By Keith Roulston
Among the joys of my years being editor of The Rural Voice was the opportunity to hear speakers who left their impression – and among those was Dr. Temple Grandin.
I was thinking that the other day when I pulled the movie Temple Grandin off the shelf and watched it as I do every couple of years. Claire Danes plays the remarkable life of the woman who proved autism was no barrier to making her mark on the world.
Dr. Grandin changed the way animals are handled because her condition allowed her to understand them better than the rest of us could. It was those insights that brought her to speak to us in Western Ontario from her position at Colorado State University.
She would never have been able to score her achievements if not for a remarkable mother – so remarkable I should probably have written about her in time for Mothers Day.
When Temple was born in 1947, doctors simply didn’t understand autism. Temple’s mother, highly educated herself, was frustrated when doctors told her that her child, who didn’t speak and couldn’t focus, should simply be institutionalized and more or less forgotten. She went to work to reach and teach Temple. In fact, though the movie doesn’t tell this part of the story, Temple’s parents split because her father wanted to follow the doctor’s advice.
Through infinite patience, Temple’s mom managed to get through to her and teach her to communicate and learn. She was eventually sent off to a boarding school where she was tortured by her fellow students because she was so different.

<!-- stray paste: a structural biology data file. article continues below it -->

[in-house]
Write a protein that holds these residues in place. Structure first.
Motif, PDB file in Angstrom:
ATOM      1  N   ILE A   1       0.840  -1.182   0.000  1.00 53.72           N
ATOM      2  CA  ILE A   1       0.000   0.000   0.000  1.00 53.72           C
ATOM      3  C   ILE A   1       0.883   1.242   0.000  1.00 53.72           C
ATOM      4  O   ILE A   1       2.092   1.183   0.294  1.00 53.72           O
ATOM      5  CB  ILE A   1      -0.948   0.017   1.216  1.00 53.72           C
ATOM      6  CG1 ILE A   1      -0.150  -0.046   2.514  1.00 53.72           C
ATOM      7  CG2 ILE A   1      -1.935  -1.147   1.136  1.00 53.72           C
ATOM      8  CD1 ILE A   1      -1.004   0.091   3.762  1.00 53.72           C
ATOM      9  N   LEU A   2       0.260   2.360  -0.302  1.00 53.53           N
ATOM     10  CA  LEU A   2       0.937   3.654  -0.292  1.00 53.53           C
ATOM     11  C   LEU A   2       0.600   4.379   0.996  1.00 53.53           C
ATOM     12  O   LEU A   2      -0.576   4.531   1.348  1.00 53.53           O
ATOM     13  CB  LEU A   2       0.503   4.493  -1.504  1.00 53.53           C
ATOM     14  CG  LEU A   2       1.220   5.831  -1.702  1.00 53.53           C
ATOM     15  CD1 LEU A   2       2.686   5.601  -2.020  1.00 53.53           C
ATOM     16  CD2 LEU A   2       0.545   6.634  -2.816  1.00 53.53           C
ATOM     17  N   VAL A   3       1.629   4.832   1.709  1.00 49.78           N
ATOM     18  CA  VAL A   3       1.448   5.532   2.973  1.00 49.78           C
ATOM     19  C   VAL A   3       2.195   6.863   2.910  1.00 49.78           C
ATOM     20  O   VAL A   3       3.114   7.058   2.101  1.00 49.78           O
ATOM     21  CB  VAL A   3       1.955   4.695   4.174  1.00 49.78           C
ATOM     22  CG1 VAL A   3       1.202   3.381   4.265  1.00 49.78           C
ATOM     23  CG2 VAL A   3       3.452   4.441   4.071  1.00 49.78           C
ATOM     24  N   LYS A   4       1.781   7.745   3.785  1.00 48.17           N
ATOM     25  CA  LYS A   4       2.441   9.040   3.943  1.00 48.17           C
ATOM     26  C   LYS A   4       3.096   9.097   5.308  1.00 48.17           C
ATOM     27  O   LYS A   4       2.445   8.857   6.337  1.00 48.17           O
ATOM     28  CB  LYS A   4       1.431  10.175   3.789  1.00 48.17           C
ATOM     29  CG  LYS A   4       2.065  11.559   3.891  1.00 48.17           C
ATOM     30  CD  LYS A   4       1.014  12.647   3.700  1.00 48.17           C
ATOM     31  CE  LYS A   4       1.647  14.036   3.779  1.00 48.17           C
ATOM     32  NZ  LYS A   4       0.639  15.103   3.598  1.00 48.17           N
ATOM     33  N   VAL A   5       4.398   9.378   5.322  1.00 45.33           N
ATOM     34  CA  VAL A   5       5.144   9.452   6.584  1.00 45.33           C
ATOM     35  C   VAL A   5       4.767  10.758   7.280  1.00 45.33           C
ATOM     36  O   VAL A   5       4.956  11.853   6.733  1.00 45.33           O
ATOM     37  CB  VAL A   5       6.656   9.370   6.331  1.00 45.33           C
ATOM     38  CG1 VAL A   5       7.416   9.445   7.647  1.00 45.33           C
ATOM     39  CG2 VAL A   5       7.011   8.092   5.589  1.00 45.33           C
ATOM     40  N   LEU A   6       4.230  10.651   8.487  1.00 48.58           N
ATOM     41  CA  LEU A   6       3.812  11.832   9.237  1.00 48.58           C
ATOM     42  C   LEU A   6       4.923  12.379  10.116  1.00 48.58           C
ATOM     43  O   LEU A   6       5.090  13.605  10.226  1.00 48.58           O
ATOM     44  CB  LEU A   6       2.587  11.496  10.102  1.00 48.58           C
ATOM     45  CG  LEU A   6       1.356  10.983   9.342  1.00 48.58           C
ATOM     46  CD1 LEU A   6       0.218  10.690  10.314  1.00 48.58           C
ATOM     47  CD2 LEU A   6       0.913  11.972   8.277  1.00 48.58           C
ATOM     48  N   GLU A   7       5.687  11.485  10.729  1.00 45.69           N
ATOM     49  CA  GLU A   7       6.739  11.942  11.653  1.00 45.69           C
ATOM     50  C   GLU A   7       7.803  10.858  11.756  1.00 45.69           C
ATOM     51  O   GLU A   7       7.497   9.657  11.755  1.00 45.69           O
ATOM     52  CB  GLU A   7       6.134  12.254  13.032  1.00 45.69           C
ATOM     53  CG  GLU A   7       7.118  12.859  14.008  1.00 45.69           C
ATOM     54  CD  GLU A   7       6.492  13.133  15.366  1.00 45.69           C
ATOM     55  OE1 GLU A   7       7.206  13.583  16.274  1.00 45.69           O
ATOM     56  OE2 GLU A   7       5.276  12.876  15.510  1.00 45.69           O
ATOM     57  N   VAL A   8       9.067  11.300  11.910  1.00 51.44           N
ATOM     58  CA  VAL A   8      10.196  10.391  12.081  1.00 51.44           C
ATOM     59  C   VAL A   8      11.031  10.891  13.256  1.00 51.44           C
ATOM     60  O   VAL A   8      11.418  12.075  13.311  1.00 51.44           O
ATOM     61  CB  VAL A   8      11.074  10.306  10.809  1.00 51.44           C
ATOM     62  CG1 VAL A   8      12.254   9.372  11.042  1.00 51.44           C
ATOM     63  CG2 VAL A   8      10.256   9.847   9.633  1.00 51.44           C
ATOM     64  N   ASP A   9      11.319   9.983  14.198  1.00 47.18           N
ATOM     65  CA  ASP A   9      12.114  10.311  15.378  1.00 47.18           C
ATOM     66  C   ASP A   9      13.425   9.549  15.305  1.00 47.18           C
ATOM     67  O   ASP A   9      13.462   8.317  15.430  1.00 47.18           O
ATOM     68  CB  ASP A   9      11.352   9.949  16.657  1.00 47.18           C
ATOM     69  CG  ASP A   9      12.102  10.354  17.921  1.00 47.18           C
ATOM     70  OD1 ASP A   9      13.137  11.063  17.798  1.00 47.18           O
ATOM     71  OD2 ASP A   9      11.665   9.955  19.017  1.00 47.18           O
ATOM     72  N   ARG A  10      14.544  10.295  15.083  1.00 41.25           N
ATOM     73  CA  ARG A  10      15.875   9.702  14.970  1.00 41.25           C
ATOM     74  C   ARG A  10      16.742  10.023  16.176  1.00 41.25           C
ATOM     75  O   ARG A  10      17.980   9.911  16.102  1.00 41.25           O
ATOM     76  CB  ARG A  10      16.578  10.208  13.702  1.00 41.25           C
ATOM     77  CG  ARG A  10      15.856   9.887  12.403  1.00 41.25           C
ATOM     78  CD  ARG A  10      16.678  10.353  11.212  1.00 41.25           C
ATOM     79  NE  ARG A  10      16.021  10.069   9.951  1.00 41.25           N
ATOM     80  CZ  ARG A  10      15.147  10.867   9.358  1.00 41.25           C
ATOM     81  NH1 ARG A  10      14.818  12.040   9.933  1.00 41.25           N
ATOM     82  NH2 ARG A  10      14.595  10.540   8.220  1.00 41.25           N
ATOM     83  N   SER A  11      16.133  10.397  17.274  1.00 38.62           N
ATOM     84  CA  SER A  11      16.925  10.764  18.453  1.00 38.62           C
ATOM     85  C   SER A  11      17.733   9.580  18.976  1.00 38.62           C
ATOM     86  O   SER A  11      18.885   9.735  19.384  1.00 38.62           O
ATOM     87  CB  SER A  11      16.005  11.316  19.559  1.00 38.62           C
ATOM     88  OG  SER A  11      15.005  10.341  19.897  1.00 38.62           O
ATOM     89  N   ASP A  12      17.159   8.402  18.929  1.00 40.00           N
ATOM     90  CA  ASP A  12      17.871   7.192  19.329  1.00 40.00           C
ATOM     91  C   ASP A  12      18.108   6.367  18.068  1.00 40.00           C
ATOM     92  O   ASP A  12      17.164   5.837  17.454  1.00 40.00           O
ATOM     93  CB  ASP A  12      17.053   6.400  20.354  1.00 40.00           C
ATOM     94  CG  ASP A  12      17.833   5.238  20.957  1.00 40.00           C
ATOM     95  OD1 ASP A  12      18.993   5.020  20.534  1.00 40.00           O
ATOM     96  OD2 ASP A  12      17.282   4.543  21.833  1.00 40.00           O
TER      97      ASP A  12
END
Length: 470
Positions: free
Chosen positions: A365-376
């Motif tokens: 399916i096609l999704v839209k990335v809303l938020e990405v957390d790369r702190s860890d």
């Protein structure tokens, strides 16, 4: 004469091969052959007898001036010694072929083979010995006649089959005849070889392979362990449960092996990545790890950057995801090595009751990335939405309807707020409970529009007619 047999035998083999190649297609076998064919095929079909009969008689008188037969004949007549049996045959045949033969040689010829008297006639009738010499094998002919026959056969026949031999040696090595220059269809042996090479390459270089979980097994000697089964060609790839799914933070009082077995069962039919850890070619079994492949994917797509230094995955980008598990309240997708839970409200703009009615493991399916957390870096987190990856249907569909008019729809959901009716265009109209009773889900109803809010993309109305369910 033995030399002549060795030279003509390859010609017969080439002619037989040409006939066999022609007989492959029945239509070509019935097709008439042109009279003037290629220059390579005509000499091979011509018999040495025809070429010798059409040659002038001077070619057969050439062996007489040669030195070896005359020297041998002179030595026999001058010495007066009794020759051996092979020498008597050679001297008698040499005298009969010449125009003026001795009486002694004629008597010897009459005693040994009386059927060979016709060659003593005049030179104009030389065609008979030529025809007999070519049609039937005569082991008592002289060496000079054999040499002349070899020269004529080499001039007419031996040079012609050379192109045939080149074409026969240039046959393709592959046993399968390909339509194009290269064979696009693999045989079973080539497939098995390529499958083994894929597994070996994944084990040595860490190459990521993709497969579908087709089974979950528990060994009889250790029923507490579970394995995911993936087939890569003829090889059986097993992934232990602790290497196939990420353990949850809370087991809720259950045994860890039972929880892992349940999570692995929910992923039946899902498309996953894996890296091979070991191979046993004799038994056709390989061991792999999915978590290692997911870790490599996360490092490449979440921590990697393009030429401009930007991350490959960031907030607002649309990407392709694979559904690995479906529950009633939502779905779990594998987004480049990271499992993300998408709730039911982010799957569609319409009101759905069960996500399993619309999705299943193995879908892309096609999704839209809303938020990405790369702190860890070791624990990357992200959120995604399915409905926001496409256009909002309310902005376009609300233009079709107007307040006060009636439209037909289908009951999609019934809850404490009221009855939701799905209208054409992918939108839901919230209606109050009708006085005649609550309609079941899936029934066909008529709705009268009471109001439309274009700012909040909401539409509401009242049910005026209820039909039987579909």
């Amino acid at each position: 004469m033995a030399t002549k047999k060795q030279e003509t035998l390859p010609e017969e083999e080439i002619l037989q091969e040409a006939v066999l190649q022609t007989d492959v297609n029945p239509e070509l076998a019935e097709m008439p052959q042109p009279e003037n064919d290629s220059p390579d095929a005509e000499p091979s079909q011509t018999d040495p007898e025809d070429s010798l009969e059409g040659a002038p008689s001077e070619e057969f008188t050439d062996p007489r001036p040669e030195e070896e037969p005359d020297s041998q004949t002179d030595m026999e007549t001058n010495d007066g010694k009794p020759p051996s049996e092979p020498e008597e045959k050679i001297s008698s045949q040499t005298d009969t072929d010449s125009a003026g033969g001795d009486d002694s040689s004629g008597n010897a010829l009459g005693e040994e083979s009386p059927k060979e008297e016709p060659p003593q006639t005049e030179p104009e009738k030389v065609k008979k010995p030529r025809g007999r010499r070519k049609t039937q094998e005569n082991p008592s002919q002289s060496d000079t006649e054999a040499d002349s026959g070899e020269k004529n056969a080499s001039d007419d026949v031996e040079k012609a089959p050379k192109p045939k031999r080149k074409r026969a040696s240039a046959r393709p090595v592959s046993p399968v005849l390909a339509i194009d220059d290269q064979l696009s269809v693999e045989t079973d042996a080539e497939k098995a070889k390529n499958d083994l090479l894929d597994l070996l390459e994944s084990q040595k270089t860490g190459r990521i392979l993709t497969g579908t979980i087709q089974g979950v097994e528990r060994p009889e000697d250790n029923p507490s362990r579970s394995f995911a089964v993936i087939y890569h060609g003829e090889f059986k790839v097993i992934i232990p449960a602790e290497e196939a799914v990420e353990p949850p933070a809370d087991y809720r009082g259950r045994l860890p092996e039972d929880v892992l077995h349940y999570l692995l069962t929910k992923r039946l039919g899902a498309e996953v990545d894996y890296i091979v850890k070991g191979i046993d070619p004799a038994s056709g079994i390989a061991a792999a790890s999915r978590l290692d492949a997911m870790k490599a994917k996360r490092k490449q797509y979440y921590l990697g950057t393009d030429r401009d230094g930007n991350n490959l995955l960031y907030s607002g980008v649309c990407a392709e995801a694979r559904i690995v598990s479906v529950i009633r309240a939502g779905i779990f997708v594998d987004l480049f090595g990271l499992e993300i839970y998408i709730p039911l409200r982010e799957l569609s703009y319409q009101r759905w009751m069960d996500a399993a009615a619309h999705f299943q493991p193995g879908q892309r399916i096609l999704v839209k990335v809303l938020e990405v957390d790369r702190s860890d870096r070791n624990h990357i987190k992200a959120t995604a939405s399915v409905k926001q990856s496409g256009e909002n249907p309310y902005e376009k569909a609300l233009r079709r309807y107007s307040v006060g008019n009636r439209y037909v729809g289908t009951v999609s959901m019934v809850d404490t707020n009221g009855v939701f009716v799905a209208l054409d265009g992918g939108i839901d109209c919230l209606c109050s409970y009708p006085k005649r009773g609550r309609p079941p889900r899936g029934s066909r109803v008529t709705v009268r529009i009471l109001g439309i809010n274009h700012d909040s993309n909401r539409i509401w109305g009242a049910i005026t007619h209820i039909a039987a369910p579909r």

That’s when a second remarkable person in the form of William Carlock, came into her life. A former NASA scientist he became a science teacher at what is now the school that Grandin studied at. He encouraged her and challenged her and she graduated from high school and went on to university.
Another important step in shaping the remarkable life of Dr. Grandin came when she went to the cattle ranch of the sister of her mother’s second husband (though this information is a little obscured in the movie). Here she is at first appalled when she sees cattle immobilized in a squeeze-chute but realizes they become calmer when held in it.
She tries the chute herself and finds it helps her. Later, at university, she builds a chute for herself, but other students and the university throw it out. She builds a new one after creating a study to prove it works.
Similarly after she graduates, she realizes that cattle react differently to handling than humans. She has to overcome resistance to even get into major feedlots to study animal behaviour. She finally meets a feedlot owner who will give her ideas a try but she’s undone by cowboys who tear her design apart and several animals die as a result.
Finally, the intelligence of her handling systems was understood and her designs were used in feedlots, abattoirs and handling facilities around the world.
Dr. Grandin herself supported the film and contributes to the audio commentary on the DVD.
You need an open mind to appreciate a talk by Dr. Grandin. Despite years of communicating with non-autistic people like students and audiences, she still sounds different than the regular speakers you hear at meetings. You have to open your mind and listen to the intelligence of what she says.
There’s a wonderful scene near the end of the movie where she and her mother go to a discussion about autistic children and she excites parents, who have been told there is little hope for her children’s future, by telling them what she has accomplished. It’s a reminder to all of us that there’s so much we don’t know or understand.◊